Brittany Nikodym | Staff Writer
May 1, 2014
Many people consider bugs to be gross creepy crawlers, with little to no purpose, other than bothering humans and eating our vegetables. Riverside City College students and faculty learned that insects can be some of the greatest allies in a workshop held in the community garden April 24.
“New gardens attract a huge influx of pests, and when we first started a large amount of crops were being eaten’” said Ryan Sendejas, a member of the RCC Sustainability Club. “We decided to answer a lot of questions by partnering with the UCR etymology department. They showed us black aphids and lady beetles at different stages to help the students tell the good bugs from the pest species.”
Because many of the students and faculty who utilize the community garden are new to growing food, many of them had trouble telling which bugs were helpful, which were harmful, and what to do about them. Students learned about integrated pest management methods, such as companion planting.
“Certain plants protect each other,” Sendejas said. “Aphids hate onions and garlic, and things like yarrow and Marigold attract good bugs.”
The workshop included hands on displays, as well as pictures and in-garden examples, designed to educate students about insects in the garden.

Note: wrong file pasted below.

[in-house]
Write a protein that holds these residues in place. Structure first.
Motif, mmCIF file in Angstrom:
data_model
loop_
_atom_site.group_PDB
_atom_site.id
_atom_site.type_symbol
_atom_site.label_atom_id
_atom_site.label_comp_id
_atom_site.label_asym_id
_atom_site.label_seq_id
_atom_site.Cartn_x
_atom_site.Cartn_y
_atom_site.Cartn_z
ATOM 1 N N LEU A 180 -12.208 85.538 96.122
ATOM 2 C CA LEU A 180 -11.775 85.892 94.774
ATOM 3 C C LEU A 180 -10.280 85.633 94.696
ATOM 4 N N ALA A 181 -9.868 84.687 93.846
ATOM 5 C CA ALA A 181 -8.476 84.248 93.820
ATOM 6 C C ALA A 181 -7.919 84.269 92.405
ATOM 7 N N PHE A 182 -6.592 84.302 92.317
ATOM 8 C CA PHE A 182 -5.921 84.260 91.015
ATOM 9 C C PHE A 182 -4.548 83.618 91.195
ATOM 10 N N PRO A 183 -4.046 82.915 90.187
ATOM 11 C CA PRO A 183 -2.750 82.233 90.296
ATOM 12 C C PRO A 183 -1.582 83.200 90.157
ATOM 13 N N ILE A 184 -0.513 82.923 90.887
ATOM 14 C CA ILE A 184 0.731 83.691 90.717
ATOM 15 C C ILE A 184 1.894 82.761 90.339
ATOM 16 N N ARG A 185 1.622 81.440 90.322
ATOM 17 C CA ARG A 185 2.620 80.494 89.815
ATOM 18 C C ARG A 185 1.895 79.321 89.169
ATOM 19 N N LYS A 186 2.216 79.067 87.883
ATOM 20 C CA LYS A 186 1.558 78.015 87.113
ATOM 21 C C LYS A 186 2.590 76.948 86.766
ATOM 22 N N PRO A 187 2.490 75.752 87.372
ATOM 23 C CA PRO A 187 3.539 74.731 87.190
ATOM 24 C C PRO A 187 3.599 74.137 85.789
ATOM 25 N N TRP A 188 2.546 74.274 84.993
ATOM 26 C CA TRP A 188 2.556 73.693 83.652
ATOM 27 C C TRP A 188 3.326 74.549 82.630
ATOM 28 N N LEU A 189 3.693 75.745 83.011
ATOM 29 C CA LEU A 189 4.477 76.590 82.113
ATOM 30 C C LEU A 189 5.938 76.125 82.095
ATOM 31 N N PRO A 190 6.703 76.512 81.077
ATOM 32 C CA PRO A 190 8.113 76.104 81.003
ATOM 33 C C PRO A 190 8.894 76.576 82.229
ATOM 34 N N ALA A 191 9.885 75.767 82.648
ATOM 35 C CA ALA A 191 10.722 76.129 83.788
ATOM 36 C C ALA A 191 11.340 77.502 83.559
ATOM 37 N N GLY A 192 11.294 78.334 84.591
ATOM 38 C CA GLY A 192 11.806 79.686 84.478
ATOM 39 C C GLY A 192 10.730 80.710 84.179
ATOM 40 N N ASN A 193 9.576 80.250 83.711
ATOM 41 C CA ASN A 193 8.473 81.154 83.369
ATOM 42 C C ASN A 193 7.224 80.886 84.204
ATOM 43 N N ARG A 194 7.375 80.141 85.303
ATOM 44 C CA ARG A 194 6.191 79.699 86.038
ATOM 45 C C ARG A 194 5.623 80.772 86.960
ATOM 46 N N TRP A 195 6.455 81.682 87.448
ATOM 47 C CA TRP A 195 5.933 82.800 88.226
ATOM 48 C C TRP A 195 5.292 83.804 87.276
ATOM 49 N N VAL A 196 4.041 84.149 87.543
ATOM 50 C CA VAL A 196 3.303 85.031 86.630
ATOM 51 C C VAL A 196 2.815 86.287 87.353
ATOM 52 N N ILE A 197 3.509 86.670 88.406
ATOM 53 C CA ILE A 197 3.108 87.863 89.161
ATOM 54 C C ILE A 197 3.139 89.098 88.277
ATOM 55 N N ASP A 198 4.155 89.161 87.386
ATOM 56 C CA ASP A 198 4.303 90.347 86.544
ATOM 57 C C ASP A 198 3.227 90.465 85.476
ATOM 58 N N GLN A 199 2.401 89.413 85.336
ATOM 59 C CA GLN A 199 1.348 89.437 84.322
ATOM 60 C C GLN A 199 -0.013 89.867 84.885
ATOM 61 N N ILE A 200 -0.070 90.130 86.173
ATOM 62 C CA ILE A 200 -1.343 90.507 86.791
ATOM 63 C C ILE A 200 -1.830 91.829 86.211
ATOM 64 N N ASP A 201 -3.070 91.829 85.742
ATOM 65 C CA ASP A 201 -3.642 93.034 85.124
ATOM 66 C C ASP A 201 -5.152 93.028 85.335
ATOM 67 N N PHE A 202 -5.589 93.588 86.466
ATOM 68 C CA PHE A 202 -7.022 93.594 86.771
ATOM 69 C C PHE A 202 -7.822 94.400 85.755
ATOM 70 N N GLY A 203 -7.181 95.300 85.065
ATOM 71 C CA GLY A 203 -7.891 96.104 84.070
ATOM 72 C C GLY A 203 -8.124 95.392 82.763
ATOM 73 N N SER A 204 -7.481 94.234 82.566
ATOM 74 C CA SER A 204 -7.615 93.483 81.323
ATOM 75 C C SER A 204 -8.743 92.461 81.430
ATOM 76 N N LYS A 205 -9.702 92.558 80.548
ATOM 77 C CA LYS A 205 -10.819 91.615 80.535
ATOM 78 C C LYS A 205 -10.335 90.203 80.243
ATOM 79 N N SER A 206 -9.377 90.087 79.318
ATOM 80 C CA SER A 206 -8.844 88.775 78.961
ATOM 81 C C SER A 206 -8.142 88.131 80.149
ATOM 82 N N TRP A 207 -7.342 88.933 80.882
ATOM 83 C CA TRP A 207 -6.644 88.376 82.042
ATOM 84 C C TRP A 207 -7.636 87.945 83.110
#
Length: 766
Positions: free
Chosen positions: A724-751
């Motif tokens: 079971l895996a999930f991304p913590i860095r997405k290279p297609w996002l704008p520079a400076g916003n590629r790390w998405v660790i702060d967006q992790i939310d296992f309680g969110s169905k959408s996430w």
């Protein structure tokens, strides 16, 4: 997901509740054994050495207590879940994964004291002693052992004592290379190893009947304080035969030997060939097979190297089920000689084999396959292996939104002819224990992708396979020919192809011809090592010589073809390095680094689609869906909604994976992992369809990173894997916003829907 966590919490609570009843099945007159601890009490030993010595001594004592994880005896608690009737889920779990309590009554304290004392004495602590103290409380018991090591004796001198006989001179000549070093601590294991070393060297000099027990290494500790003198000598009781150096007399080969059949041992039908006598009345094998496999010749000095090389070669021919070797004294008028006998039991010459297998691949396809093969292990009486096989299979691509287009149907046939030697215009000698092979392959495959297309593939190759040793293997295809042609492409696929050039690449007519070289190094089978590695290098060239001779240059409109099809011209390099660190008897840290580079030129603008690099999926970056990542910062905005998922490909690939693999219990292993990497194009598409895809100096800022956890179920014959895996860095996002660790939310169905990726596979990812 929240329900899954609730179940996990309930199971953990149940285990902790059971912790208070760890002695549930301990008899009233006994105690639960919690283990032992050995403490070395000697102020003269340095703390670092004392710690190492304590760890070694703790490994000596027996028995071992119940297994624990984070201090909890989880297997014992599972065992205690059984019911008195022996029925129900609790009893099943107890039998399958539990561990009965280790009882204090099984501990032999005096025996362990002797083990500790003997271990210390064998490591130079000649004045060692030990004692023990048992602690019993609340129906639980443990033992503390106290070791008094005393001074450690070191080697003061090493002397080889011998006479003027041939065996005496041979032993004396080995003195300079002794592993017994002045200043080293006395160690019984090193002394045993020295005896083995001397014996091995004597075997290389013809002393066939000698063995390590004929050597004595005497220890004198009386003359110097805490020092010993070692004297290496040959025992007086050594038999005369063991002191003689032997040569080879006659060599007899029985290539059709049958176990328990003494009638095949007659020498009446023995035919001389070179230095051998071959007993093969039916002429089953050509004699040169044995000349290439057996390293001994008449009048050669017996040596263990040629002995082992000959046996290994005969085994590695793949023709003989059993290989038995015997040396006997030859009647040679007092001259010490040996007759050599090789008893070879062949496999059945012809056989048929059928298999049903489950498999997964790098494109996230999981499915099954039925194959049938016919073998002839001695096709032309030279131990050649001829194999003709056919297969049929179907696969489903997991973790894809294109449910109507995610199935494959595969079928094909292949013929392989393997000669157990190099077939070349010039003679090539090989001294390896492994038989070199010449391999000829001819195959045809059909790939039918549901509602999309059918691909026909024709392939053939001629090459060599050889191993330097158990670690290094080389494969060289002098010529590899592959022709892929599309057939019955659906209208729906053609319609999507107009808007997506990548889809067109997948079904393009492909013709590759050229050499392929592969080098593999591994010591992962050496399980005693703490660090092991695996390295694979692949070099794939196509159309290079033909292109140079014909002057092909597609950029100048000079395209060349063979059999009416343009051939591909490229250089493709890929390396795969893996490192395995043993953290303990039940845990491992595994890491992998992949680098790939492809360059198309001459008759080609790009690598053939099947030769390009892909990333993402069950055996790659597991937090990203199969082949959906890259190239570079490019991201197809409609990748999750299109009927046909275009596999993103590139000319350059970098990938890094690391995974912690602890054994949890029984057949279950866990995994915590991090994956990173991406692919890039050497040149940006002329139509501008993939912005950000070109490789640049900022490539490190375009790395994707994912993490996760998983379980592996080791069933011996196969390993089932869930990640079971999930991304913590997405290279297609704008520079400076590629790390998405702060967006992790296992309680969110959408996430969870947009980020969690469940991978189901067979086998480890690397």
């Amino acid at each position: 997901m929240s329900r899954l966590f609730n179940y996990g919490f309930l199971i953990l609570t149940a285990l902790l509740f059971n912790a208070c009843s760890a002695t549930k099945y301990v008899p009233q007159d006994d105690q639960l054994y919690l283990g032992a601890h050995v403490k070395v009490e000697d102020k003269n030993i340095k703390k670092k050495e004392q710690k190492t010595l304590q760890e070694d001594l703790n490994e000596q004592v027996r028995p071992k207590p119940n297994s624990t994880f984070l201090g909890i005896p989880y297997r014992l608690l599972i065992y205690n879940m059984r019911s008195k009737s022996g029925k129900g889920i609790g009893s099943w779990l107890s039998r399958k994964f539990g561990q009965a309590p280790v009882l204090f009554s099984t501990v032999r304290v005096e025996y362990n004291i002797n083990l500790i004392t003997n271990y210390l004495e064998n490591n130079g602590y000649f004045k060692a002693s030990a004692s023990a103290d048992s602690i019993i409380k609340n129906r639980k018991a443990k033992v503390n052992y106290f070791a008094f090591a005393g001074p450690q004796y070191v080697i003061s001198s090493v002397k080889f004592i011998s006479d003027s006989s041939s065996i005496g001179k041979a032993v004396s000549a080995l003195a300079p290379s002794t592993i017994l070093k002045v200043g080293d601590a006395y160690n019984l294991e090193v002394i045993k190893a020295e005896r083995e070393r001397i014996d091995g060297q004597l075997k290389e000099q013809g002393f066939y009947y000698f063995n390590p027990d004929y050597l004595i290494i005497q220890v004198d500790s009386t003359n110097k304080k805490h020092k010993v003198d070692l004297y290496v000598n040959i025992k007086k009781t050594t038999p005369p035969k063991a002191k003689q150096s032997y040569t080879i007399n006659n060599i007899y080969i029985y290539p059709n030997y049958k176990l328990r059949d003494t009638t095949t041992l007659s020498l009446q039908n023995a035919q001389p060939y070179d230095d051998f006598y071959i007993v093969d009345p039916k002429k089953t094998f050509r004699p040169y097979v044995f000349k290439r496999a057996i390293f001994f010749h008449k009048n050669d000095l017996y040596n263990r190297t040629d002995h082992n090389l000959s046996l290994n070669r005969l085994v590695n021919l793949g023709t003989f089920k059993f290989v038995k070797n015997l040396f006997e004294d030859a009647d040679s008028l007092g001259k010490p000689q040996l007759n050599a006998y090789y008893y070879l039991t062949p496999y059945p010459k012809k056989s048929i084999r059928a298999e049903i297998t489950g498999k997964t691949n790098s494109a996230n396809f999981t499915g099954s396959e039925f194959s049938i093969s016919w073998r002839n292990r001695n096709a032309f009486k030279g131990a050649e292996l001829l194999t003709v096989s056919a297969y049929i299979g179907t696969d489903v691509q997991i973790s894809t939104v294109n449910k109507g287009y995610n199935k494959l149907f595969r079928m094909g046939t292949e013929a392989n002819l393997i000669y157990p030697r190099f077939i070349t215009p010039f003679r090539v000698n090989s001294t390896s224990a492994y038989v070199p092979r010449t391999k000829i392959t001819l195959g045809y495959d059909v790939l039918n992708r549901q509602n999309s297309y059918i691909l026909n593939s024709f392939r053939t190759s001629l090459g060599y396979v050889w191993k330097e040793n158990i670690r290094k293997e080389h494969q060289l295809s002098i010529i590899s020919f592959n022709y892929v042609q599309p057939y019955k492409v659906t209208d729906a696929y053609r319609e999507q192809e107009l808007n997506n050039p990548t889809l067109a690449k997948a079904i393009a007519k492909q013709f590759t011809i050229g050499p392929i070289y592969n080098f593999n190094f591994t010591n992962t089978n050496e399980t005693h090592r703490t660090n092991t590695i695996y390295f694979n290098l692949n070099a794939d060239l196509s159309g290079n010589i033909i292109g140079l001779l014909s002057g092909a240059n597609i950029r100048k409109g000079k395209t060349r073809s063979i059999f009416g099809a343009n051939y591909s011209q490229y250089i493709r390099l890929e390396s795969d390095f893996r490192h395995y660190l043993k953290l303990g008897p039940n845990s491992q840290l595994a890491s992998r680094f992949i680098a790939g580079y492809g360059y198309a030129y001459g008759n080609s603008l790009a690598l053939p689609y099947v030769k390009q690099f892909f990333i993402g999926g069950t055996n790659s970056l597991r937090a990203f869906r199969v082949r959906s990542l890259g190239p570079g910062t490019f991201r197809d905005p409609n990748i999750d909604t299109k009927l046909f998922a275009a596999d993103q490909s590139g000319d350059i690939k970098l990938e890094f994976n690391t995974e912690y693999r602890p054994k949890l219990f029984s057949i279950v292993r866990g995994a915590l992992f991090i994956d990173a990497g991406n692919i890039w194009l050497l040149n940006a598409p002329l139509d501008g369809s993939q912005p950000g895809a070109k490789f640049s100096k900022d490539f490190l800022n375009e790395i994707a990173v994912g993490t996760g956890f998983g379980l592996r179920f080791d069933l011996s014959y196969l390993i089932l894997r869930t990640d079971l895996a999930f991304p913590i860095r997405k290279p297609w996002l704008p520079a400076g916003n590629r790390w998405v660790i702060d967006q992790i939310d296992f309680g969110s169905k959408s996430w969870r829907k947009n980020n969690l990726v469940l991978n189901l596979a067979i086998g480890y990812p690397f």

“It was a good opportunity to show some of those insects doing what we were talking about.” said Preston Galuskey, instructor and club adviser.
In addition to identifying insects, students learned about bio-control agents, like parasitic wasps and natural predators such as lady beetles. Bio control agents are considered to be more natural means of defending our food than overused pesticides.
“People have untapped resources,” said Samantha Lopez, sustainability club facilitator said. “This workshop is about using what’s at hand, in this case insects, to benefit ourselves. As humans we tend to exploit past the point of repair. Instead of backward thinking we need to work with what is available.”
The sustainability club used the workshop as a means to show students how to grow food in a sustainable manner, working with nature to benefit both the garden and the environment. Recognizing bugs that will benefit the garden, and those who may harm it, makes it easier to farm without excessive pesticide use.
Lopez said: “We are inherently selfish but we don’t have to destroy to live comfortably. The garden empowers people. With work, attention, and a community you will see the literal fruits of your labor. We need to move toward the empowerment of the individual to empower a community that will create a positive change. One way to facilitate this is through the simple act of planting a seed.”
This workshop is one of many events that will occur in the garden to educate people on growing their own food, and sustainable living. Students who are interested in learning more about growing their own food are welcome to volunteer Sundays at 1 p.m.